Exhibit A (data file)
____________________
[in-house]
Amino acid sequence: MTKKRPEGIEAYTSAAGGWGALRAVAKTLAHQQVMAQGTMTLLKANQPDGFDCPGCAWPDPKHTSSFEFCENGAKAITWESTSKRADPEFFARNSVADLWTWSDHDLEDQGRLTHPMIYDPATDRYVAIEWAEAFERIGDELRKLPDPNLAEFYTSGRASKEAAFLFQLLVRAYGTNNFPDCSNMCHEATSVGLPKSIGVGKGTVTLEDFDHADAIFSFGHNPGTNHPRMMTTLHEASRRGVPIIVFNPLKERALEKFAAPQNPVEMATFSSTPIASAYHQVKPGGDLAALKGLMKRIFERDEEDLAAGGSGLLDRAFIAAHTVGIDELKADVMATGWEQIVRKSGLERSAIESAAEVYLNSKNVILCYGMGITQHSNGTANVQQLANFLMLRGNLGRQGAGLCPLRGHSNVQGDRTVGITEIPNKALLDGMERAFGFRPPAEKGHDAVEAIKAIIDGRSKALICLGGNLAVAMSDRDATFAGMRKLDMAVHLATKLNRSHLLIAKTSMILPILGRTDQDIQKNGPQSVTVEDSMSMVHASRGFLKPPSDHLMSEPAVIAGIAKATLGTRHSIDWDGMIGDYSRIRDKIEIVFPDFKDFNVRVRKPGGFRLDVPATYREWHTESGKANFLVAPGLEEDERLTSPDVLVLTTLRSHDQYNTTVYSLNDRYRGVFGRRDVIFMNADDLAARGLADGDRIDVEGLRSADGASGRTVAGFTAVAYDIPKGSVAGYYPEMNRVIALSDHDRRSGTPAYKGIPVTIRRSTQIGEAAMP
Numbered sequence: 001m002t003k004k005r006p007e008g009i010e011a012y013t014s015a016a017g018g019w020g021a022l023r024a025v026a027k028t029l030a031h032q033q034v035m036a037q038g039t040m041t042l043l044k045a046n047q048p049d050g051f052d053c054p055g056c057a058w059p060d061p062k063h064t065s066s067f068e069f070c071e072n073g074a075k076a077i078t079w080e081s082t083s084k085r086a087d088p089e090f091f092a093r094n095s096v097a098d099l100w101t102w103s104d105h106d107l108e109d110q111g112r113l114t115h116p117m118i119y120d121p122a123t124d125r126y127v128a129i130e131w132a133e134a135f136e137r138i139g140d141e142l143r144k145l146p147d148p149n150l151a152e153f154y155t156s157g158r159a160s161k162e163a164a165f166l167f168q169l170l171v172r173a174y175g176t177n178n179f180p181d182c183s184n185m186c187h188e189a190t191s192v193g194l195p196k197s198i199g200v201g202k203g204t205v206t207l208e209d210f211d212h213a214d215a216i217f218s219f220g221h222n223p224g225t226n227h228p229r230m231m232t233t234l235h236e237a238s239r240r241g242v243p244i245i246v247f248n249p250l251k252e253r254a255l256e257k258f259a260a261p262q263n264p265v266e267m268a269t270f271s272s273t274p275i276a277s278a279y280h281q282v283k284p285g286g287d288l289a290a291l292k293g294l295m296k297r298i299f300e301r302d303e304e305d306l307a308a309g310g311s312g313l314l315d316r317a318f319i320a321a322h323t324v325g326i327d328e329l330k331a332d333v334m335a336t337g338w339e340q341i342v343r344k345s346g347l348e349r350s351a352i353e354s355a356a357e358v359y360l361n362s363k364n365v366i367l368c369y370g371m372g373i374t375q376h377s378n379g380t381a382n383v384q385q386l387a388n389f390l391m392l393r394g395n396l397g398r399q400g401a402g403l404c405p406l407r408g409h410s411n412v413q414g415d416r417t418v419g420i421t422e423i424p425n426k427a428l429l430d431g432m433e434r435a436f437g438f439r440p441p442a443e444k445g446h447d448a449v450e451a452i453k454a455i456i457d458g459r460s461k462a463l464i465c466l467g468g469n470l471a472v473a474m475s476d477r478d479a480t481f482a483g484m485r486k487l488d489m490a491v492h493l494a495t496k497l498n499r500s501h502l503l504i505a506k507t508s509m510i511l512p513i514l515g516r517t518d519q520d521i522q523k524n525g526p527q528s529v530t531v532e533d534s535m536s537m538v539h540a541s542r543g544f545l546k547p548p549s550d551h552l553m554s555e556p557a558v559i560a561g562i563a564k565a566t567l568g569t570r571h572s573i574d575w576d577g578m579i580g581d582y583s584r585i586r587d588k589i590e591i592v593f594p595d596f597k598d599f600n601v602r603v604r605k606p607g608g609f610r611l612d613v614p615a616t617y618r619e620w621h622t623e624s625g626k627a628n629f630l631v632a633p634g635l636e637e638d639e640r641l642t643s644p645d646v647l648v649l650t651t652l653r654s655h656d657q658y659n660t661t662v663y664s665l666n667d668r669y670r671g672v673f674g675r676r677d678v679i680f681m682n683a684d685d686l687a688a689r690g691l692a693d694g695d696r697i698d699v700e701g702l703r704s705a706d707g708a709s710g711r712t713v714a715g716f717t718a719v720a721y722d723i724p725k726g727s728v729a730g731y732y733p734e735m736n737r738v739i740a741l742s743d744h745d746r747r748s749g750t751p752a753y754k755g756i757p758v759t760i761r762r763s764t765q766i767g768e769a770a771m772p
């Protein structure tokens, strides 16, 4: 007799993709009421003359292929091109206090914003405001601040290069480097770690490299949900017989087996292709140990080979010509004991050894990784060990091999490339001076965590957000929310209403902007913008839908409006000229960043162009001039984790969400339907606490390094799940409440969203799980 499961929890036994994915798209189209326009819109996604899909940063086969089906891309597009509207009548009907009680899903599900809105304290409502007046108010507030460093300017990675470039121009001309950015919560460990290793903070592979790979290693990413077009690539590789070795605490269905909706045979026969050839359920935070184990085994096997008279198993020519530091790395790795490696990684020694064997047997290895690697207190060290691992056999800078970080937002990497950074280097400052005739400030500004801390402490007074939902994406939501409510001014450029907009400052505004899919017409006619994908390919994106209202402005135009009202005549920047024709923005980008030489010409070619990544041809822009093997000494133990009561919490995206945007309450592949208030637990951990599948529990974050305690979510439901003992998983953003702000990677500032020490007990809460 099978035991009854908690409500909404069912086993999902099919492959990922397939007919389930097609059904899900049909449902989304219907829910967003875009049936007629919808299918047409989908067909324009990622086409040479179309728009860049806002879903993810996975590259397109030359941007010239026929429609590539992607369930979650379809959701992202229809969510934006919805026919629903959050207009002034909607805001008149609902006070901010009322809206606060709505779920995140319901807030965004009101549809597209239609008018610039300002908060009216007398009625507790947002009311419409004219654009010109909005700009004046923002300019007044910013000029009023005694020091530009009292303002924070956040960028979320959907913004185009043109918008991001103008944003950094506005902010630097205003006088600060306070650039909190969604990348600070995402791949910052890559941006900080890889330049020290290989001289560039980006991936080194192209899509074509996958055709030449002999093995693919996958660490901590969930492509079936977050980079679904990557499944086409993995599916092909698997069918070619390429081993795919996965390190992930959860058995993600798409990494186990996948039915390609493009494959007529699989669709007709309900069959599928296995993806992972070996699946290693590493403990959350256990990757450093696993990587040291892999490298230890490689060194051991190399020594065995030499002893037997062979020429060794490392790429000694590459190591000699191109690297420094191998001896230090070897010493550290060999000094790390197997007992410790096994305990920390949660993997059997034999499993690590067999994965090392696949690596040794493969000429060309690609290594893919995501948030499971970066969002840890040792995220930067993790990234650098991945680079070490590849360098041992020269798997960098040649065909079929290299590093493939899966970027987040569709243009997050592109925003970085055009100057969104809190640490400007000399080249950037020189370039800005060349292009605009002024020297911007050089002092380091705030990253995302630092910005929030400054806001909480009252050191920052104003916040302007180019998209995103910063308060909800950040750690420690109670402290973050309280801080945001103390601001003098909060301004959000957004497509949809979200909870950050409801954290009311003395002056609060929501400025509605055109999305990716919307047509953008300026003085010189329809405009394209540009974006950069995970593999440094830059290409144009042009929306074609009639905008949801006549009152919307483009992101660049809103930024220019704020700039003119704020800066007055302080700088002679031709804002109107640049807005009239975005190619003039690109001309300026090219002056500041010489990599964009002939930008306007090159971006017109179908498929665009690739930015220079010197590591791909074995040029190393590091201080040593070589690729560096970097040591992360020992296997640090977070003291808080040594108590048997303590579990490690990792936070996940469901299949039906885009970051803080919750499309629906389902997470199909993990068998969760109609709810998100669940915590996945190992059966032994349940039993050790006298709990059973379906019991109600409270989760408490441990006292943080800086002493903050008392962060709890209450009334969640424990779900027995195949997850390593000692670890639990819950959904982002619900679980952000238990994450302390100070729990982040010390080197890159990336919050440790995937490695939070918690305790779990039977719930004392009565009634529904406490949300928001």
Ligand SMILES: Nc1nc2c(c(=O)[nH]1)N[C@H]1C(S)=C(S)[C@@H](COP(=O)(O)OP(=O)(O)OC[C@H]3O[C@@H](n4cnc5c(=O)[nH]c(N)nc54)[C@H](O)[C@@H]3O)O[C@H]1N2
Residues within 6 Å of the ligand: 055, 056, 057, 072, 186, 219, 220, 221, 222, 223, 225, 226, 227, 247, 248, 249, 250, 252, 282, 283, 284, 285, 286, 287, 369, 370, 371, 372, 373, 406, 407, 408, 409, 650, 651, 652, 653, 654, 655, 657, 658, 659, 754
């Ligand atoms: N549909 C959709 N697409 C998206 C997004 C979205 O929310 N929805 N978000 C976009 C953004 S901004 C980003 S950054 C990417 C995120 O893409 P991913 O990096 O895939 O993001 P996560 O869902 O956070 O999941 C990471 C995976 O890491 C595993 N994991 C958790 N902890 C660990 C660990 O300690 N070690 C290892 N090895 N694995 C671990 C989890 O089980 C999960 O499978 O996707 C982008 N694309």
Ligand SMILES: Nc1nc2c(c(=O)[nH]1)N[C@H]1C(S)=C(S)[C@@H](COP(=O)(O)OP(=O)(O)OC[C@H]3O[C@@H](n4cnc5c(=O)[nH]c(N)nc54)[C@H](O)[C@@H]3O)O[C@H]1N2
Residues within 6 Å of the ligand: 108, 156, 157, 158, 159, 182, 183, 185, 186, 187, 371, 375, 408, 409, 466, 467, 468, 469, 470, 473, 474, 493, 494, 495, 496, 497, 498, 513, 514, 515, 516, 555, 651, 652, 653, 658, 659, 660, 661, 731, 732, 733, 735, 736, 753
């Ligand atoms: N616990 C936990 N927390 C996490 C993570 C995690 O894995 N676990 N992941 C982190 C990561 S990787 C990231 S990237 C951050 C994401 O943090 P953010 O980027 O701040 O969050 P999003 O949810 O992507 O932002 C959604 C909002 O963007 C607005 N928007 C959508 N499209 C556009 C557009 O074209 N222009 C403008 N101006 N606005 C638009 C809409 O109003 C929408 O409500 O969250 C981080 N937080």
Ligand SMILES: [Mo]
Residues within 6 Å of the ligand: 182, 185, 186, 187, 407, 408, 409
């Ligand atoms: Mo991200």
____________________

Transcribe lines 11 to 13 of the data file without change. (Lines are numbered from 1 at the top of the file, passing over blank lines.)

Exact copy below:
Ligand SMILES: [Mo]
Residues within 6 Å of the ligand: 182, 185, 186, 187, 407, 408, 409
């Ligand atoms: Mo991200």